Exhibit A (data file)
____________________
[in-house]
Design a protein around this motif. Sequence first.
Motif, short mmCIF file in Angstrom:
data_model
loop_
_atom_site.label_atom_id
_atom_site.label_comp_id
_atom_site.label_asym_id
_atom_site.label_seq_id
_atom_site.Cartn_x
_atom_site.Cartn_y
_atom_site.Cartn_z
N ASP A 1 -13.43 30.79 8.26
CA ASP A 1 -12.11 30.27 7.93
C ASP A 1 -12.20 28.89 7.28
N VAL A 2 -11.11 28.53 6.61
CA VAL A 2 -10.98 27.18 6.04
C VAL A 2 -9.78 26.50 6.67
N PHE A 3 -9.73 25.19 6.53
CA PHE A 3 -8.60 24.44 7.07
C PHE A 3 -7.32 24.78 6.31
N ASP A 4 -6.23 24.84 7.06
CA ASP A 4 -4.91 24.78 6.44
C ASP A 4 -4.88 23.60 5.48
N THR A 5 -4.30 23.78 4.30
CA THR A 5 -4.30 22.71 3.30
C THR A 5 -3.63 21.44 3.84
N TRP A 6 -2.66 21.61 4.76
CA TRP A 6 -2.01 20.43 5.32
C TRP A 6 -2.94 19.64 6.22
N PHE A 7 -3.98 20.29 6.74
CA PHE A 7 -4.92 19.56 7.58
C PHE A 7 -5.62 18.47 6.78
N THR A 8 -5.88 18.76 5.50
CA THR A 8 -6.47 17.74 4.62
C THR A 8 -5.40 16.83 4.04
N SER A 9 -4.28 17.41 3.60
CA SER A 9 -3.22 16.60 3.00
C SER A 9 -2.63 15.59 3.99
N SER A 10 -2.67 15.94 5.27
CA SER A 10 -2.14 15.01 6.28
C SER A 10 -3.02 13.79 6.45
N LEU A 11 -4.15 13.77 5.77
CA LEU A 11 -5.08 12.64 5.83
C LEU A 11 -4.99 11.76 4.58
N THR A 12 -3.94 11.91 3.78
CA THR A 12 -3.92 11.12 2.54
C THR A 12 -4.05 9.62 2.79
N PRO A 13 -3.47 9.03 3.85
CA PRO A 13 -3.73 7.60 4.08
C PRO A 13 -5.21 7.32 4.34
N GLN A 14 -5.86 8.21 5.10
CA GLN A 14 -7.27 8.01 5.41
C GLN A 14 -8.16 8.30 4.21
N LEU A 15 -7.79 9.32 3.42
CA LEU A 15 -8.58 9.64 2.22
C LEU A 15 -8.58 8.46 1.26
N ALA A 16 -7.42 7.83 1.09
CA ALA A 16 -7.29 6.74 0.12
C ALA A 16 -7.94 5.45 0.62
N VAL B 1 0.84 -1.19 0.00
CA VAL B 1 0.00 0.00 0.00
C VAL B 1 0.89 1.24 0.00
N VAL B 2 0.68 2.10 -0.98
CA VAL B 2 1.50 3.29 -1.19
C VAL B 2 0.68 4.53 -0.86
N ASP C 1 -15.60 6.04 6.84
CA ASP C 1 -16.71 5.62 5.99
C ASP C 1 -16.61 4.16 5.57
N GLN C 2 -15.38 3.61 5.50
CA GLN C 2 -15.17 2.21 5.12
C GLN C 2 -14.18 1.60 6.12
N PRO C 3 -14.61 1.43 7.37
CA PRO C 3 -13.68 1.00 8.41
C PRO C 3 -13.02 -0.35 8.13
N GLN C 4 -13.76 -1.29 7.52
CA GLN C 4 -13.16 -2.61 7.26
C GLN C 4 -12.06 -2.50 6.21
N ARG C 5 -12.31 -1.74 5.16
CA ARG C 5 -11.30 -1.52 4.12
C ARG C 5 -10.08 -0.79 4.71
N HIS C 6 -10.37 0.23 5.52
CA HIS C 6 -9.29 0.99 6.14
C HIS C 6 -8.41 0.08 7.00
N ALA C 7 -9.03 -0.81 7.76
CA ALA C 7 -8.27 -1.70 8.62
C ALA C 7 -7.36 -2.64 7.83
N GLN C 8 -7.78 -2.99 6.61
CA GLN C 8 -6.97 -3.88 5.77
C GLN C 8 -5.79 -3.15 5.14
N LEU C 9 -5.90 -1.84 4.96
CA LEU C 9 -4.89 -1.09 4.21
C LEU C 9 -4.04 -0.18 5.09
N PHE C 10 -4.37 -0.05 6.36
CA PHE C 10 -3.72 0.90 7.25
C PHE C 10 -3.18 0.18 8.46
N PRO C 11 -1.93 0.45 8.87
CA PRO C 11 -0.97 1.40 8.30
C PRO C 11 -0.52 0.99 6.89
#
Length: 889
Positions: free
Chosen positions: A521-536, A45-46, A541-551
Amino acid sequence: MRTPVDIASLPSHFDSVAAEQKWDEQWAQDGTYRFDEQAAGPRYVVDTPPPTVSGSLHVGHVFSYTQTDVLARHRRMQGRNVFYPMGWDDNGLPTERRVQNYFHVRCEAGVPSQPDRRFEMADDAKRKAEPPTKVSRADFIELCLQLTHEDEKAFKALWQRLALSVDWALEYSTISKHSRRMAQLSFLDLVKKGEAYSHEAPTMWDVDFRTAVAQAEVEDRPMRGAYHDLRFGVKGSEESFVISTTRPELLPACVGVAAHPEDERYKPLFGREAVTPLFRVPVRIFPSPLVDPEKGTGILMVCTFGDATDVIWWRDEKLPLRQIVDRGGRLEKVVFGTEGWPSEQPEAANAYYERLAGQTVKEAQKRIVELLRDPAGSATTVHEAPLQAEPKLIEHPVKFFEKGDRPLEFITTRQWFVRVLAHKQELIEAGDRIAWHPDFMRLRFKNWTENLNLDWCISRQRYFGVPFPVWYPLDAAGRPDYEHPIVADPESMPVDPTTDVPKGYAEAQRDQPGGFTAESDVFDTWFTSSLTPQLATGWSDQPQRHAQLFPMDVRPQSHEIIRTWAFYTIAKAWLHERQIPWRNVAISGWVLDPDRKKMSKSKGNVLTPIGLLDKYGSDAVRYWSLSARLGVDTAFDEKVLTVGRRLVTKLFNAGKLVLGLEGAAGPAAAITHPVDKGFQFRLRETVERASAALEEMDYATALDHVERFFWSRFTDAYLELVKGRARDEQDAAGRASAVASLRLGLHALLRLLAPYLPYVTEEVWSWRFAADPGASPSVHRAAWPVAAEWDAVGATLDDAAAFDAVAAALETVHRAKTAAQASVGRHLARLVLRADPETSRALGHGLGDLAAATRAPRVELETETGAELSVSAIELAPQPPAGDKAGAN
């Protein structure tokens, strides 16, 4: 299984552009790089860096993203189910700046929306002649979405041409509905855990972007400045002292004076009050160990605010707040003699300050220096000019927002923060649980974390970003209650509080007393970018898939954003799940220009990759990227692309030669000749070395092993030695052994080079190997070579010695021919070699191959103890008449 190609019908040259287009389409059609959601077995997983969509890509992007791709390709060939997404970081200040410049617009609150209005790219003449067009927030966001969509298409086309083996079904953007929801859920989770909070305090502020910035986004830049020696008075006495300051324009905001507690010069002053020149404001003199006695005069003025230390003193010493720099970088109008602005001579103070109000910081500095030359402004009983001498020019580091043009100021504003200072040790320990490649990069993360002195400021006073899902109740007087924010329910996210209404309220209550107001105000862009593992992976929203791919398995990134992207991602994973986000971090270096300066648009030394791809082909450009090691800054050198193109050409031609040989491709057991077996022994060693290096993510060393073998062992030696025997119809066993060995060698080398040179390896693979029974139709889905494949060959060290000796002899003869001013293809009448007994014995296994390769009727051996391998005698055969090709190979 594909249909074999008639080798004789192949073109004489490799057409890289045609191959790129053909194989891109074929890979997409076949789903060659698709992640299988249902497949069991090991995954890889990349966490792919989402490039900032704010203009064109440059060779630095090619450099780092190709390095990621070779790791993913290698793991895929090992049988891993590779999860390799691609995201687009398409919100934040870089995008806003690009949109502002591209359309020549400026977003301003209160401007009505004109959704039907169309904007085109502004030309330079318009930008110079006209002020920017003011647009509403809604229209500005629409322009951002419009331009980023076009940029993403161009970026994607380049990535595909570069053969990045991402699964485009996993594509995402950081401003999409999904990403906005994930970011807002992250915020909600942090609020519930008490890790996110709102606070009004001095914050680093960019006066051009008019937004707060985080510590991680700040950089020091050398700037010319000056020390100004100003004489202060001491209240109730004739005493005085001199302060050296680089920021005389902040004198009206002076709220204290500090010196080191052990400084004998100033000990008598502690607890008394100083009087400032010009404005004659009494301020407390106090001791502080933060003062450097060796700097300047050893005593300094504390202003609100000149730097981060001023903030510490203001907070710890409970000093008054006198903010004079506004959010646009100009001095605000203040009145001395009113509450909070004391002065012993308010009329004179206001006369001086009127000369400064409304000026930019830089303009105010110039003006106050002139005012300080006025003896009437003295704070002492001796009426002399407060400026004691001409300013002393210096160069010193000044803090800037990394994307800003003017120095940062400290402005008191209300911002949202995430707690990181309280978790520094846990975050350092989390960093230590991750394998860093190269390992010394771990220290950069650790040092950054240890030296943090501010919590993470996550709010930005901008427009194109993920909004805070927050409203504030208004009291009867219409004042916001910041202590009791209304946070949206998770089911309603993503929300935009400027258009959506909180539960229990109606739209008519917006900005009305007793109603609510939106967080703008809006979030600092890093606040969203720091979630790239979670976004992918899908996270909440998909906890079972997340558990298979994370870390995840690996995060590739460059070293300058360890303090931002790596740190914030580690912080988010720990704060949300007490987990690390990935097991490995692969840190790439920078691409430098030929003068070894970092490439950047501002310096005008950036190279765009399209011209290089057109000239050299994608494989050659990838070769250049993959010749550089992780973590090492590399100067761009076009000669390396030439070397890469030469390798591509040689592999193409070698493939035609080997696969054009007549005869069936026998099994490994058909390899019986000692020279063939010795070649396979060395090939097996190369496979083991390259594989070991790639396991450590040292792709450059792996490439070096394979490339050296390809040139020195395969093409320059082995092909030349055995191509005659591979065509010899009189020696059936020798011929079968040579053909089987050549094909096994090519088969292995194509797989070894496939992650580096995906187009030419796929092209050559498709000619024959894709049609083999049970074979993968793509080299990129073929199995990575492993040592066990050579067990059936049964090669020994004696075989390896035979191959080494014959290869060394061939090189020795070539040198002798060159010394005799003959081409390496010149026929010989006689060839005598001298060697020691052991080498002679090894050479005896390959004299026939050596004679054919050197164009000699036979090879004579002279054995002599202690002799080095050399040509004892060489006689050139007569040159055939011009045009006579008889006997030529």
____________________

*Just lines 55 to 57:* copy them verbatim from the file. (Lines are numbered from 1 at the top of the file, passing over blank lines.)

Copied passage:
N LEU A 15 -7.79 9.32 3.42
CA LEU A 15 -8.58 9.64 2.22
C LEU A 15 -8.58 8.46 1.26